4. hamard

    hamard Out Of The Brooder

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    I have backyard chickens and lots of wondering cats. I have not had a problem yet. maybe babychickens would be a problem. everyone seems to mind their own business.
     
  5. azygous

    azygous Chicken Obsessed

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    Bee has a good point. What she says is definitely something to consider.

    But I have a fleet of Welsummers, and let me just say, they are a very noisy, vocal breed. They are constantly, and I'm not being hyperbolic, voicing their opinion about something. The only ones noisier are my Speckled Sussex. (Thankgod I have no close neighbors.)

    So, consider what Bee says. See if you can improve things and make them more interesting. But half the problem is the breed. Being a big complainer is in her genes.
     
  6. Nateba

    Nateba Just Hatched

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    I'll definitely take the advice and give the chickens some more outdoor time. I naively built the coop after doing some research about size requirements (4ft^2 per chicken) but didn't really consider that they would be spending hours a day inside. I think I'll just experiment with them ranging all day and hoping that they don't get scooped up.

    We have an outdoor cat that is always in the yard, so I'm hoping he keeps an eye on them. I've had several encounters with cats outside or on the fence scoping the birds out, looking like they were getting ready to pounce. I think it will just have to be unavoidable risk because the higher risk is the neighbors getting upset over the noise.

    Azygous- I've read that Welsummers can be loud, and maybe I under-estimated just how loud. I honestly think I would prefer a rooster's call to this high pitched screech.
     
  7. Nateba

    Nateba Just Hatched

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    To follow up on this: I built a little fence around the coop separating it from the front yard and have been allowing the chickens to free-range all day. If I keep the coop shut and dark until I wake in the morning, the chicks stay pretty silent and are quiet when I open up the door for the day. If I forget to close the coop window and the sun comes out (5:30-6am) the loud hen starts with her screeching.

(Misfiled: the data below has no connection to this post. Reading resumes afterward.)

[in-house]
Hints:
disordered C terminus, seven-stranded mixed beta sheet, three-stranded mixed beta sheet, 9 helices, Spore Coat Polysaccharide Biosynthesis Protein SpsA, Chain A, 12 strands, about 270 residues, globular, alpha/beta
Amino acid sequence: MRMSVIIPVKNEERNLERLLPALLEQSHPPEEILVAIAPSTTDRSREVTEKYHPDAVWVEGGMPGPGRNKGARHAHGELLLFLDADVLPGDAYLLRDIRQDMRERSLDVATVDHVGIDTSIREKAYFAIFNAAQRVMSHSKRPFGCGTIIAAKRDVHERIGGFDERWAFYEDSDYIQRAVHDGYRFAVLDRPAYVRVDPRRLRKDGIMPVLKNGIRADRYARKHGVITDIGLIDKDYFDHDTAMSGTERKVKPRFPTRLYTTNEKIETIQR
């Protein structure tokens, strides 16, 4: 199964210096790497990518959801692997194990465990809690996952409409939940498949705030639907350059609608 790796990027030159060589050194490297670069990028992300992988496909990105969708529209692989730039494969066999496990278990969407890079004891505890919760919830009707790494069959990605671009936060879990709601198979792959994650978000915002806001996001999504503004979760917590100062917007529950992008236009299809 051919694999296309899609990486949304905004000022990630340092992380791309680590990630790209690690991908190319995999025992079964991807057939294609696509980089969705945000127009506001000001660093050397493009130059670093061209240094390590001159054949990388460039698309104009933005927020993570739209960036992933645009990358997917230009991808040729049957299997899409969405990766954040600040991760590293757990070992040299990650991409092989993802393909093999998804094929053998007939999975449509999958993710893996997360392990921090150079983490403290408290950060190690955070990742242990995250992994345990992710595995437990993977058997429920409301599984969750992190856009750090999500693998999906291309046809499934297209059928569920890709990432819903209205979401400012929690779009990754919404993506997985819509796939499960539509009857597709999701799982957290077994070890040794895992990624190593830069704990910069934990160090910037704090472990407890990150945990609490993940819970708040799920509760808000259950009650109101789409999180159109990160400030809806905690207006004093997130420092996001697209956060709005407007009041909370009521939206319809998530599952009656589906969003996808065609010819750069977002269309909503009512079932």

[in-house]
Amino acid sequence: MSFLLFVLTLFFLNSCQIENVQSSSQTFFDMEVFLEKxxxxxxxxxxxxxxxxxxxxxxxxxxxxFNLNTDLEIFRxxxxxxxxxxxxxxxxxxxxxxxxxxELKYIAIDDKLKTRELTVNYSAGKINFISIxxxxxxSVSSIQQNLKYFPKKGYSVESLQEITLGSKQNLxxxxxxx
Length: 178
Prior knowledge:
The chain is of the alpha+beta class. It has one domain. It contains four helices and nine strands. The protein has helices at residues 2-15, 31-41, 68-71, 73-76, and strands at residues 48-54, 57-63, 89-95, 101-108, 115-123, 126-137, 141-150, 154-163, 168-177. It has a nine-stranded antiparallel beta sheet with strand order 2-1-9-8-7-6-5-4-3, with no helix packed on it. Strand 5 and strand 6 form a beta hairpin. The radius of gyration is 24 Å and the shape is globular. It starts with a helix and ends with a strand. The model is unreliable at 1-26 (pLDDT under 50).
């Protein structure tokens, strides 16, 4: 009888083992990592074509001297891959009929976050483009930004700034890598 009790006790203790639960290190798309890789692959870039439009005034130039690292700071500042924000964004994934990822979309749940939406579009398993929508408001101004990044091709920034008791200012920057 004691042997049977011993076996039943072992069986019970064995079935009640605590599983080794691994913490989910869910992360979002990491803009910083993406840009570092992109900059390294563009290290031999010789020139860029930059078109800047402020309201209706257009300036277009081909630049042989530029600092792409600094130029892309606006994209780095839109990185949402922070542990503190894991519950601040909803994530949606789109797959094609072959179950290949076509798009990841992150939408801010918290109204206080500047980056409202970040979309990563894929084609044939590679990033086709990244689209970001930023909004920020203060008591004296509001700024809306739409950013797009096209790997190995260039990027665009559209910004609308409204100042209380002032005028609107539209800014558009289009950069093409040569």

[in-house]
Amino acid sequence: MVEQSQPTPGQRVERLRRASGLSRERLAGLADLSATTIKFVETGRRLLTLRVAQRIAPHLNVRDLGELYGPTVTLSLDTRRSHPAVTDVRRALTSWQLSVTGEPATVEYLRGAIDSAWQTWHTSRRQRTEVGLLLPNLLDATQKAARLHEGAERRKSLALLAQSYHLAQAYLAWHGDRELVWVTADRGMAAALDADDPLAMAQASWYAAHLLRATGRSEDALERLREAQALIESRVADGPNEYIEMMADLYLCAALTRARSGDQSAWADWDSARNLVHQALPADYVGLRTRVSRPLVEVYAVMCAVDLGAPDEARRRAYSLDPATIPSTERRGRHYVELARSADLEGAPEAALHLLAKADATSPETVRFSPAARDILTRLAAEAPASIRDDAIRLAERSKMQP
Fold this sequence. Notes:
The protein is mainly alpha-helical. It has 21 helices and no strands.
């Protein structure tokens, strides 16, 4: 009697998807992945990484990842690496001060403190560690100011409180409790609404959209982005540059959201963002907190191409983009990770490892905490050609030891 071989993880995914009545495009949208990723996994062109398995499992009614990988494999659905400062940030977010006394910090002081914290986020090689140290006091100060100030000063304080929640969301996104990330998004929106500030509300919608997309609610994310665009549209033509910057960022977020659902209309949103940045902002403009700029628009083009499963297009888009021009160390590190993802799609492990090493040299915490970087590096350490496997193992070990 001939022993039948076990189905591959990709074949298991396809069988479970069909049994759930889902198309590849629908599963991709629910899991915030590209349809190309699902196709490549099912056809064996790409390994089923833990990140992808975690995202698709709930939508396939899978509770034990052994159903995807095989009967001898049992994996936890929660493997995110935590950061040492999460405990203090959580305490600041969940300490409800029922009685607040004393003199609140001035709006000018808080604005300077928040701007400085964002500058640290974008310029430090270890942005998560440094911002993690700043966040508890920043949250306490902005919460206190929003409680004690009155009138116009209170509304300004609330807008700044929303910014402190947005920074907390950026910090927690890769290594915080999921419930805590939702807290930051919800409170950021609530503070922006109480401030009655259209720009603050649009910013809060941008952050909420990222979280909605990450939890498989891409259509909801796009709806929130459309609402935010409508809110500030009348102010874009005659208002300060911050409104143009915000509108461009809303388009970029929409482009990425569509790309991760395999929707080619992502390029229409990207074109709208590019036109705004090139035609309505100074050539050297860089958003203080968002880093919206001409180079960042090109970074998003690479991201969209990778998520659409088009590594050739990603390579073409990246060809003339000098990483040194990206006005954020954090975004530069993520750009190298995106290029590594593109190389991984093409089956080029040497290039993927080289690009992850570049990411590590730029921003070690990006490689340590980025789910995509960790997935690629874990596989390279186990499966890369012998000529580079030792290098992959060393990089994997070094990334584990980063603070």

The hen in question just laid her first egg a few days ago (finally.) She will still sometimes run around screeching for an hour or two before heading into the nesting box, but after she lays she gets quiet. She also gets very irritated if any other hens are in the coop when she's ready to hit the box.

    Problem almost solved I suppose! I guess she's just going to be a loud hen from here on out.
     
  8. szczur

    szczur Out Of The Brooder

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    My 2 wellies are the loudest chickens in my flock. One of them egg songs like a fire siren for literally 15 minutes, which seems like an hour mentally, when she lays her egg. She will also go in the coop and egg song for other chickens, even after she has laid her egg for the day. [​IMG] When my flock was at point of lay, they were all very loud and cranky while they tried to figure out how to nest, but they settled down after a couple weeks. I think the long, drawn out "raaaaaaaaaaaaaah" noises are definitely whines that mean they want something. You could try to hang some toys in there to peck at, boxes to hide in, just things to make it more interesting,because once you let them out to free range, they are bored in a coop! Not sure if a no-crow collar prevents them from making a screech noise but that can be an option as well. I'm guessing they'd have to inflate those neck air sacs to increase volume, but I don't know. Thankfully mine only whine when they see me coming or if someone managed to kick over a feeder.